What is the most appropriate trace width for keyboard PCBs?
The trace width is determined by the max current flowing through it. Digital signals in general doesn’t need much current, so you can go pretty thin. I usually use 0.254mm (10mil) for signals and 0.4064mm (16mil) for Vcc, but only when designing keyboards.
Is there any website that you can paste your keyboard-layout-editor raw data in and it auto makes your PCB? I need that in my life
Not that I know of, but there is a similar tool that can take a kle json and convert it into a project file that included footprint placement. I’ve actually used it for a couple projects and it works quite nicely once you figure out how adjustments in the script affect component placement. You still have to run traces and map your schematic but it does eliminate a good deal of the less delicate but time consuming work. I’m not completely certain where I found the script though, so I won’t post it until I make sure I’m crediting it appropriately.
In regards to the trace width convo above, I rather like using 6mil for the matrix and 10-12mil for VCC runs. The small matrix traces makes it much easier when routing around a Teensy or Pro Micro footprint.
There was a script for Eagle available on geekhack to autoplace switches using the info from KLE.
Never made it work properly. And you also need a Pro license of Eagle to be able to use it on anything bigger than a numpad.
So I just want to say thank you for everyone’s help here, especially @VinnyCordeiro and @donutcat. Your patience and advice kept me inspired to see it through to the end. I was able to bring my idea to life. Honestly, I’m just excited that it works.
Of course, now I have a few other ideas I want to work on…
You are welcome.
The board looks great! It was a great feeling for me the first time I plugged in a PCB I designed and it actually worked
What I haven’t figured out very easily is what is necessary to connect something like a ProMicro to a separate USB port, let’s say, to tuck the ProMicro somewhere and have the USB port in a favorable position somewhere on the edge of the board.
Any advice on how to do this?
You need a panel mount extension, like this one. You may need to mod the case of the keyboard for that.
Wow. I didn’t know something like that existed. Man, that would’ve been helpful for my last build.
The connector alone (1st link) is for direct PCB soldering, so it isn’t exactly the best option. The breakout board (2nd link) is better, but you still need to solder wires on it to connect on the Pro Micro/Teensy…
… which brings us to the panel mount cable I linked before. Less hassle, more direct solution.
I like this advice and will use it. Thanks!
Hey there knowledgeable people!
Do any of you know where in the QMK repo I can find the mapping of the Softwarepins to the actual pins on the ATmega32u4? I’ve searched a bit myself but wasn’t successful. A few redditors and myself could really use that information: https://www.reddit.com/r/MechanicalKeyboards/comments/9ud0jr/help_flashing_xd75_from_md/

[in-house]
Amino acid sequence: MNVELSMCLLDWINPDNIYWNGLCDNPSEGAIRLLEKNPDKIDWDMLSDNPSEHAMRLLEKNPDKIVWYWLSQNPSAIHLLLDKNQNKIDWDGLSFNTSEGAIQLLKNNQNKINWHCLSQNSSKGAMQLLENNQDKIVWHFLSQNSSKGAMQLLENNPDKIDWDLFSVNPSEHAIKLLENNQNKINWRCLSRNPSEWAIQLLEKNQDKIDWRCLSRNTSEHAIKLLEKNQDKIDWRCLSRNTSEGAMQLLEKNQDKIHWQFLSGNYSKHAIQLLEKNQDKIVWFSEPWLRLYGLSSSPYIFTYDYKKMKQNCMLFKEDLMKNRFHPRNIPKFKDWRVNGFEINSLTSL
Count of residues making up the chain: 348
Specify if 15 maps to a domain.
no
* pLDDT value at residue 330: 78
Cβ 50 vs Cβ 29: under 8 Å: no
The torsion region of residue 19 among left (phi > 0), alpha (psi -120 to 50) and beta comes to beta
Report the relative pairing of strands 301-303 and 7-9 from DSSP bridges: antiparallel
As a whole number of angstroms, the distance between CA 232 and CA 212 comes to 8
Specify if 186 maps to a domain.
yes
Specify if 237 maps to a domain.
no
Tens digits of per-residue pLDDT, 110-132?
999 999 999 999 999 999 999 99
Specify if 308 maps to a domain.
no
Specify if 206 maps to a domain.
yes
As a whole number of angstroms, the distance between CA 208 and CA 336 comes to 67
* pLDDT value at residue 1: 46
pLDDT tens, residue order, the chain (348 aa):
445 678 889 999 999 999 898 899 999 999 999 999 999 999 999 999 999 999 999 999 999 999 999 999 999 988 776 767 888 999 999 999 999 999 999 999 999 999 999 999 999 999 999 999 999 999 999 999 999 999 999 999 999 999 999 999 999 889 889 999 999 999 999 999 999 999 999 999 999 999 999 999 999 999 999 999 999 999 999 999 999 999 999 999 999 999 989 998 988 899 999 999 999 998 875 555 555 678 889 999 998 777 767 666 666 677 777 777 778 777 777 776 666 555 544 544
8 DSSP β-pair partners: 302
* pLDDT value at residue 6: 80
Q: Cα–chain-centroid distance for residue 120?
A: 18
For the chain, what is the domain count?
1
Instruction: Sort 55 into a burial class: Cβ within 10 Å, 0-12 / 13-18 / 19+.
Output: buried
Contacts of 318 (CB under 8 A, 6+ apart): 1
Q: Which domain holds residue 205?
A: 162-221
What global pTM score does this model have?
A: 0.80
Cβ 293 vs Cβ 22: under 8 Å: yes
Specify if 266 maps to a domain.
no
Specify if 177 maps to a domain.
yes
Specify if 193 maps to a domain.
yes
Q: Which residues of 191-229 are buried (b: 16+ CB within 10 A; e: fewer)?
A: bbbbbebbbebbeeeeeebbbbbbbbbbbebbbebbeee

You have to look at the config.h file of the keyboard you want. Using the GH60 as an example, you’ll want to look at https://github.com/qmk/qmk_firmware/blob/master/keyboards/gh60/config.h
Hey Vinny, thx for the reply. Problem is that there is no preset for the keyboard we bought so we’re trying to put it together ourselves. It’s Massdrops Clone of Xiudis XD75 called 75keys. By flashing the atomic preset we identified a few corresponding pins but the others are a mystery. Now we can trace the colums & rows to the physical pins on the mcu but unless we know the name of said pins in QMK that’s useless.
Rear about it here: https://geekhack.org/index.php?topic=98067.0
For that you just need to refer to the ATmega32U4 datasheet, the pinout of the IC is on page 3.
Just a note: on the manual they use the notation Pxy, meaning “Port x number y”. Just delete the P and that’s the name used on QMK. Using a digital multimeter you can easily find which pin is connected to each row/column.
Aaah yes it’s right there - now I feel stupid haha. Thank you so much!
So after a while sitting on the fringes and getting a little annoyed with the bird nest I’d end up with doing hand wired builds, I started looking more into PCB design. This thread has been a great help, as has the guide by ruiqimao.
I kind of wanted to start small, so I was looking to create a small 4x4 board to hook the matrix up to through holes for the rows and columns. Basically just replacing the wire matrix with the PCB and then still hooking it all up to a micro-controller like a teensy or proton. That causes some divergence from ruiqmao’s guide, so I was hoping to ask a question or two and see what the more experienced folks in the community had to say.
The assumption I’m working under is that this would be almost a 1:1 with a hand wired build, so only traces, diodes, and switch footprints linked up to conductive through holes would be required (without LEDs, and the last hand wired build log of an LED enabled handwire looked… rough).
If assumption 1 is incorrect, what additional parts are required? And for my education, why are they required?
Not even a question really, just thanks in advance for any help.
Your first assumption is correct, a PCB is not different from a handwired circuit electrically speaking, but this kind of construction have many advantages, two of them are crucial: greater mechanical stability and repeatability.
Given you are going to use a daughter board for the microcontroller, you don’t need any additional components.